Recent mass shootings in the United States prompted the issuance of a series of travel advisories for foreigners considering travel to that country.
Warnings from Uruguay and Venezuela may be chalked up to political motives, but the one put out a couple of weeks ago by Amnesty International put icing on the cake. The text reads in part:
“If you decide to travel to the United States: Be extra vigilant at all times and be wary of the ubiquity of firearms among the population. Avoid places where large numbers of people gather, especially cultural events, places of worship, schools, and shopping malls. Exercise increased caution when visiting local bars, nightclubs and casinos.”
About time! I’ve wondered for years, as killing sprees have happened again and again, why Mexico hasn’t done exactly the same. It would be justified and a sort of payback for the frequent and increasingly harsh Mexico travel advisories coming out of the U.S. State Department.
Without downplaying rampant gun violence that plagues this country, there’s huge difference between what happens here and blood baths north of the border. For starters, firearm sales to civilians are strictly controlled, helping keep weapons of mass destruction out of the hands rogue madmen.
Thus, mass shooting sprees are extremely rare this side of “the wall.” Shoot-outs usually involve rival organized crime groups and law enforcement agents. Killings are generally directed at known enemies, with collateral damage to innocent by-standers uncommon.
I admit that I was rattled by the gun battle that took place a month ago at a fast-food joint in Zapopan where I have chowed down burgers from time to time. Several customers were injured in the crossfire as two hit-men were slain by adversaries. But by in large, shopping centers and public places in the metro area are fairly safe environments for the average citizen.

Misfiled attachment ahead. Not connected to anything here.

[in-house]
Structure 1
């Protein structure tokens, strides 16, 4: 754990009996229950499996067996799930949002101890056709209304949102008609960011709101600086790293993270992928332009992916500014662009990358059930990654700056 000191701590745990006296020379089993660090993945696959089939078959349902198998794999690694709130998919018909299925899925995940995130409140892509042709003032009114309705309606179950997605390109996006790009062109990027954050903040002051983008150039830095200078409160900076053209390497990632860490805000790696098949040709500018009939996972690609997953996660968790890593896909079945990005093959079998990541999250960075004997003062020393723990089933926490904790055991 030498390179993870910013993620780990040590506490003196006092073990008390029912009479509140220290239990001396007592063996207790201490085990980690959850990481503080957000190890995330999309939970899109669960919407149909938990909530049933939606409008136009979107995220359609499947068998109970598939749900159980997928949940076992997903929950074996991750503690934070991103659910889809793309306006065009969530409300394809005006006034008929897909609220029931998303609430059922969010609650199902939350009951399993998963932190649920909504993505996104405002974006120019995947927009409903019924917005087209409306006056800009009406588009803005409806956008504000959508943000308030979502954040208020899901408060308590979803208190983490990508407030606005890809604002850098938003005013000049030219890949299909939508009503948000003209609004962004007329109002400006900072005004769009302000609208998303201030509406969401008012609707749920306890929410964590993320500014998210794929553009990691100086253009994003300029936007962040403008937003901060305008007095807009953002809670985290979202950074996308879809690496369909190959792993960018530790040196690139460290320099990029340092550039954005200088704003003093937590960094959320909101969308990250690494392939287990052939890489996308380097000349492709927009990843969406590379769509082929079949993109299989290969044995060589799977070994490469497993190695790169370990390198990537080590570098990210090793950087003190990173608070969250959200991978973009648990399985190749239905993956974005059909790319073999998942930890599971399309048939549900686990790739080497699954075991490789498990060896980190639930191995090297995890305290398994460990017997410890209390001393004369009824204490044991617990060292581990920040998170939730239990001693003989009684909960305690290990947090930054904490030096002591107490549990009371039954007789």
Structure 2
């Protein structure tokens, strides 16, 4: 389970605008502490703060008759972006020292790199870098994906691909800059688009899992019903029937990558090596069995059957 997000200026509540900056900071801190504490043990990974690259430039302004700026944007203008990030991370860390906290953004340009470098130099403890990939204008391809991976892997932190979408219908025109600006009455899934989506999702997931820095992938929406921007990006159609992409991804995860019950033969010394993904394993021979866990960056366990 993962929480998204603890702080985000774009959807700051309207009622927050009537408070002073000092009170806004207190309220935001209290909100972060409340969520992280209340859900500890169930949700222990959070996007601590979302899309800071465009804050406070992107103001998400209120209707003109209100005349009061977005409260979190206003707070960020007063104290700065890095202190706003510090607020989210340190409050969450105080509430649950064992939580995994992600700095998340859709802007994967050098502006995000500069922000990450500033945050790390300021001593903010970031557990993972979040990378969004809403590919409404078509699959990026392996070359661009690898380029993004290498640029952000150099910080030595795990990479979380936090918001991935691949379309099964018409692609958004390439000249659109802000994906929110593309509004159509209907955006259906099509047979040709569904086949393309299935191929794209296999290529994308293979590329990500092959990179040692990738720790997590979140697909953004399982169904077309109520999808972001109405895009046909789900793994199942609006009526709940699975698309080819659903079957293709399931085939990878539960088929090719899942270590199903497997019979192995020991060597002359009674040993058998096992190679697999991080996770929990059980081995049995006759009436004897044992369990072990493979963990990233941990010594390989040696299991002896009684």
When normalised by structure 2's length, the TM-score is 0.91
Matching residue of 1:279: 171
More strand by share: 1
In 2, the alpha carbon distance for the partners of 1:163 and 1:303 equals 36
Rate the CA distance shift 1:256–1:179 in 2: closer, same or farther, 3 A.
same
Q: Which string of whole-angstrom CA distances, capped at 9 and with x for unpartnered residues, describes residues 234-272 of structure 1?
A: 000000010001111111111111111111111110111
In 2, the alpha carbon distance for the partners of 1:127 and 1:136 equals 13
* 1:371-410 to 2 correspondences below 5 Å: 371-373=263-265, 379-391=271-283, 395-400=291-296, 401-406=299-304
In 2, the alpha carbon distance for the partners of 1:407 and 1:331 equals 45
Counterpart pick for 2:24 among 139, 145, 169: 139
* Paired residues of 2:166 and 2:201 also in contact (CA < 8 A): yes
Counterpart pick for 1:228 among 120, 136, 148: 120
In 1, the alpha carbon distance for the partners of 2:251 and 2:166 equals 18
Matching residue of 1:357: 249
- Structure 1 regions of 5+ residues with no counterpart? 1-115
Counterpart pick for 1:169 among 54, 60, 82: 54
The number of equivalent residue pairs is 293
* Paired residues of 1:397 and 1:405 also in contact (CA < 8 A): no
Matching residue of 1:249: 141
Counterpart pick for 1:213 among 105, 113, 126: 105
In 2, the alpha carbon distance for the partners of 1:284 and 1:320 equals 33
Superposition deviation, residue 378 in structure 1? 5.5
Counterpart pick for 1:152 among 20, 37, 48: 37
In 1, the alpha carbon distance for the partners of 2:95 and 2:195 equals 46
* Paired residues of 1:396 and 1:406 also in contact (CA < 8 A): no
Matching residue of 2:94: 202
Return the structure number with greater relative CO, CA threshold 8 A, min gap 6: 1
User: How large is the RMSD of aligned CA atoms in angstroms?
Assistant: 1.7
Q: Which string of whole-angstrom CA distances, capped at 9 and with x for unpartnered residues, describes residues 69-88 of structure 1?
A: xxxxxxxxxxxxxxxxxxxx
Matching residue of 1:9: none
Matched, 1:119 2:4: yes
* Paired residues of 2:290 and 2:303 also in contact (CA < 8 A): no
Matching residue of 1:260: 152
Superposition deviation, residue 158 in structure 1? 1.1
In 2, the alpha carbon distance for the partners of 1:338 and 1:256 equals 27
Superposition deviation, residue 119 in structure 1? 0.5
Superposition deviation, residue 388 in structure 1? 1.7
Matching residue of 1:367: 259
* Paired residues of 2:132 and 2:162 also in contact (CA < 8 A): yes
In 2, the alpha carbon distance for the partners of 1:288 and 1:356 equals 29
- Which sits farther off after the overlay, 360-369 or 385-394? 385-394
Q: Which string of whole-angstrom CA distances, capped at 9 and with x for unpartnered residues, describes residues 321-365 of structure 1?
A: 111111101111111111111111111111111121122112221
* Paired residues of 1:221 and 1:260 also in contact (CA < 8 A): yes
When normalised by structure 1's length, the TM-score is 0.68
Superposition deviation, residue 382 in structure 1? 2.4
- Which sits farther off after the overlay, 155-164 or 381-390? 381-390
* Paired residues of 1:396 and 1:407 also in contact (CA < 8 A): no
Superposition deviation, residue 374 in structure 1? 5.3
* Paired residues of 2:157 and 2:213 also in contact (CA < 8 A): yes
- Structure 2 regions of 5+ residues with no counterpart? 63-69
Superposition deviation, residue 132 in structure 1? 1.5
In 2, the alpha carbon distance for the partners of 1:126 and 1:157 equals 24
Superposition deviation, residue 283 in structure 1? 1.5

Likewise, here at lakeside. Homicide victims (whether nationals or foreigners) are nearly always specifically targeted by murderers with an axe to grind. Others needn’t worry much about getting in the way of stray bullets
It’s worth noting that Lake Chapala’s north shore corridor is invariably excluded from Mexico travel advisories released by the U.S. government. That’s not to say that the area is free of certain perils.
For example, residents are in daily danger of getting caught up in frustrating traffic jams on the main highway. They are at risk of suffering skin damage from too much sunshine. At worst, the rainy season may subject folks to emergencies of leaking roofs, occasional flooding and fallen trees.
Many face decision-making crises when picking which of the community’s numerous eateries will best suit for dining out on a given day. With so many civic organizations, cultural events, social happenings and traditional fiestas keeping us busy, we are in constant threat of overloading our engagement calendars, having too much to do and not enough downtime in the presumably relaxed Promised Land of Eternal Mañana.
In short, if too much good living counts as menace, consider yourself forewarned.